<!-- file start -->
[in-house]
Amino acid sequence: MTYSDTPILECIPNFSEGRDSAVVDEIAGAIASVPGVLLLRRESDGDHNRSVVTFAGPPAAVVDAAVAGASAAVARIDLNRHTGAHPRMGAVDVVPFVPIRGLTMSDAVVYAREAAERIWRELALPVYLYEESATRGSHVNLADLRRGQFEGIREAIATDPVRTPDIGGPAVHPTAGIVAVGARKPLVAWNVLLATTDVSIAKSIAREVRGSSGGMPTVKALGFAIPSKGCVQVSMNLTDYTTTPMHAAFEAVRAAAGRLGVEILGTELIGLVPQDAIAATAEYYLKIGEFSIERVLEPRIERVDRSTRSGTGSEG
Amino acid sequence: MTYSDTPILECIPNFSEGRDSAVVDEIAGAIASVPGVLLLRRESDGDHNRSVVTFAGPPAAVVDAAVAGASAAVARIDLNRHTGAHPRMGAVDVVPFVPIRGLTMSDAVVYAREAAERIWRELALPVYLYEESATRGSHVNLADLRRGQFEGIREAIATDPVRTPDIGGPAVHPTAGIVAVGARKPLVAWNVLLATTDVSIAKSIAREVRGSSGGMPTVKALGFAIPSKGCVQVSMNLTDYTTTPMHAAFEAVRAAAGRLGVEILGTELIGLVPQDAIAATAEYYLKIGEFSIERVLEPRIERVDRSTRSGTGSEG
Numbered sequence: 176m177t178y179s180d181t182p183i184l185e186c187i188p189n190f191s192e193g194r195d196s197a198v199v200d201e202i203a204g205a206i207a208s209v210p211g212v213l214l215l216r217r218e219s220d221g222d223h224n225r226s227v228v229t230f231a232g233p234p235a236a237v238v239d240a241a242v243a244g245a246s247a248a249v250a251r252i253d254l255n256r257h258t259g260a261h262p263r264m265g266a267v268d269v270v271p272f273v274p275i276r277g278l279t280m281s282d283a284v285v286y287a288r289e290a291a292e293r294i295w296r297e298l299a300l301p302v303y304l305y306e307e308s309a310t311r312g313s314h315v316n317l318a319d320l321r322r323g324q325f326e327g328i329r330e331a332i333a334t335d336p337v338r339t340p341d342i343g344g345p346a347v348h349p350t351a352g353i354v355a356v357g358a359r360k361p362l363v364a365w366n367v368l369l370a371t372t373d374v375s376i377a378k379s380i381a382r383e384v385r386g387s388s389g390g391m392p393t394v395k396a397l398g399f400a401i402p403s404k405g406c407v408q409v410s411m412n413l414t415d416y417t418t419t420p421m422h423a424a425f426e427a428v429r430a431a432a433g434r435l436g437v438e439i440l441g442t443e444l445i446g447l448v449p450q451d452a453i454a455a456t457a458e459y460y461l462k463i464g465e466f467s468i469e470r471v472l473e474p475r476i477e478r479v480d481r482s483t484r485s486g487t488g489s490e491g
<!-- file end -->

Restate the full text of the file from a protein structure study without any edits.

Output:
[in-house]
Amino acid sequence: MTYSDTPILECIPNFSEGRDSAVVDEIAGAIASVPGVLLLRRESDGDHNRSVVTFAGPPAAVVDAAVAGASAAVARIDLNRHTGAHPRMGAVDVVPFVPIRGLTMSDAVVYAREAAERIWRELALPVYLYEESATRGSHVNLADLRRGQFEGIREAIATDPVRTPDIGGPAVHPTAGIVAVGARKPLVAWNVLLATTDVSIAKSIAREVRGSSGGMPTVKALGFAIPSKGCVQVSMNLTDYTTTPMHAAFEAVRAAAGRLGVEILGTELIGLVPQDAIAATAEYYLKIGEFSIERVLEPRIERVDRSTRSGTGSEG
Amino acid sequence: MTYSDTPILECIPNFSEGRDSAVVDEIAGAIASVPGVLLLRRESDGDHNRSVVTFAGPPAAVVDAAVAGASAAVARIDLNRHTGAHPRMGAVDVVPFVPIRGLTMSDAVVYAREAAERIWRELALPVYLYEESATRGSHVNLADLRRGQFEGIREAIATDPVRTPDIGGPAVHPTAGIVAVGARKPLVAWNVLLATTDVSIAKSIAREVRGSSGGMPTVKALGFAIPSKGCVQVSMNLTDYTTTPMHAAFEAVRAAAGRLGVEILGTELIGLVPQDAIAATAEYYLKIGEFSIERVLEPRIERVDRSTRSGTGSEG
Numbered sequence: 176m177t178y179s180d181t182p183i184l185e186c187i188p189n190f191s192e193g194r195d196s197a198v199v200d201e202i203a204g205a206i207a208s209v210p211g212v213l214l215l216r217r218e219s220d221g222d223h224n225r226s227v228v229t230f231a232g233p234p235a236a237v238v239d240a241a242v243a244g245a246s247a248a249v250a251r252i253d254l255n256r257h258t259g260a261h262p263r264m265g266a267v268d269v270v271p272f273v274p275i276r277g278l279t280m281s282d283a284v285v286y287a288r289e290a291a292e293r294i295w296r297e298l299a300l301p302v303y304l305y306e307e308s309a310t311r312g313s314h315v316n317l318a319d320l321r322r323g324q325f326e327g328i329r330e331a332i333a334t335d336p337v338r339t340p341d342i343g344g345p346a347v348h349p350t351a352g353i354v355a356v357g358a359r360k361p362l363v364a365w366n367v368l369l370a371t372t373d374v375s376i377a378k379s380i381a382r383e384v385r386g387s388s389g390g391m392p393t394v395k396a397l398g399f400a401i402p403s404k405g406c407v408q409v410s411m412n413l414t415d416y417t418t419t420p421m422h423a424a425f426e427a428v429r430a431a432a433g434r435l436g437v438e439i440l441g442t443e444l445i446g447l448v449p450q451d452a453i454a455a456t457a458e459y460y461l462k463i464g465e466f467s468i469e470r471v472l473e474p475r476i477e478r479v480d481r482s483t484r485s486g487t488g489s490e491g